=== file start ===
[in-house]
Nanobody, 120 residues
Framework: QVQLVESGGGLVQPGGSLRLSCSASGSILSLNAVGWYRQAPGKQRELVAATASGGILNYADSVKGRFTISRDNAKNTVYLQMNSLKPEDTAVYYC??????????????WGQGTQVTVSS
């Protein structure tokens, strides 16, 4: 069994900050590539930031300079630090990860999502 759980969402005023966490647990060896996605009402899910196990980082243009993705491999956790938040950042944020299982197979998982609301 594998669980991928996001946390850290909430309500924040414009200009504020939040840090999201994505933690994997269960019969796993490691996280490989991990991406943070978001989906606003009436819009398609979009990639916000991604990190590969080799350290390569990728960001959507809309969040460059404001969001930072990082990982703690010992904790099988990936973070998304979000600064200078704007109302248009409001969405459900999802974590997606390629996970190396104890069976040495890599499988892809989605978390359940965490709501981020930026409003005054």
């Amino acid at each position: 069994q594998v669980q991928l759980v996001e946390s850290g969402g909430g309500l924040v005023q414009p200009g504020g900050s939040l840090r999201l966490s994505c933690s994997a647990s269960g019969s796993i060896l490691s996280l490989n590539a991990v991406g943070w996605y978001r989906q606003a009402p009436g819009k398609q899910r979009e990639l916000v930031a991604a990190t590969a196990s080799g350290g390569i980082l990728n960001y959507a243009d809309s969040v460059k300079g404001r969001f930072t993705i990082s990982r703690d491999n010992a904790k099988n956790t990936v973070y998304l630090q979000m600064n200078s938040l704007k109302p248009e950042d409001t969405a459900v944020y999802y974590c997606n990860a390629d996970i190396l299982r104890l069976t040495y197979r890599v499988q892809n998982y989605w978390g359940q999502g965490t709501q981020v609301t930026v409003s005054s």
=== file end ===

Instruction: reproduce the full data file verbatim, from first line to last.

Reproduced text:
[in-house]
Nanobody, 120 residues
Framework: QVQLVESGGGLVQPGGSLRLSCSASGSILSLNAVGWYRQAPGKQRELVAATASGGILNYADSVKGRFTISRDNAKNTVYLQMNSLKPEDTAVYYC??????????????WGQGTQVTVSS
């Protein structure tokens, strides 16, 4: 069994900050590539930031300079630090990860999502 759980969402005023966490647990060896996605009402899910196990980082243009993705491999956790938040950042944020299982197979998982609301 594998669980991928996001946390850290909430309500924040414009200009504020939040840090999201994505933690994997269960019969796993490691996280490989991990991406943070978001989906606003009436819009398609979009990639916000991604990190590969080799350290390569990728960001959507809309969040460059404001969001930072990082990982703690010992904790099988990936973070998304979000600064200078704007109302248009409001969405459900999802974590997606390629996970190396104890069976040495890599499988892809989605978390359940965490709501981020930026409003005054």
């Amino acid at each position: 069994q594998v669980q991928l759980v996001e946390s850290g969402g909430g309500l924040v005023q414009p200009g504020g900050s939040l840090r999201l966490s994505c933690s994997a647990s269960g019969s796993i060896l490691s996280l490989n590539a991990v991406g943070w996605y978001r989906q606003a009402p009436g819009k398609q899910r979009e990639l916000v930031a991604a990190t590969a196990s080799g350290g390569i980082l990728n960001y959507a243009d809309s969040v460059k300079g404001r969001f930072t993705i990082s990982r703690d491999n010992a904790k099988n956790t990936v973070y998304l630090q979000m600064n200078s938040l704007k109302p248009e950042d409001t969405a459900v944020y999802y974590c997606n990860a390629d996970i190396l299982r104890l069976t040495y197979r890599v499988q892809n998982y989605w978390g359940q999502g965490t709501q981020v609301t930026v409003s005054s």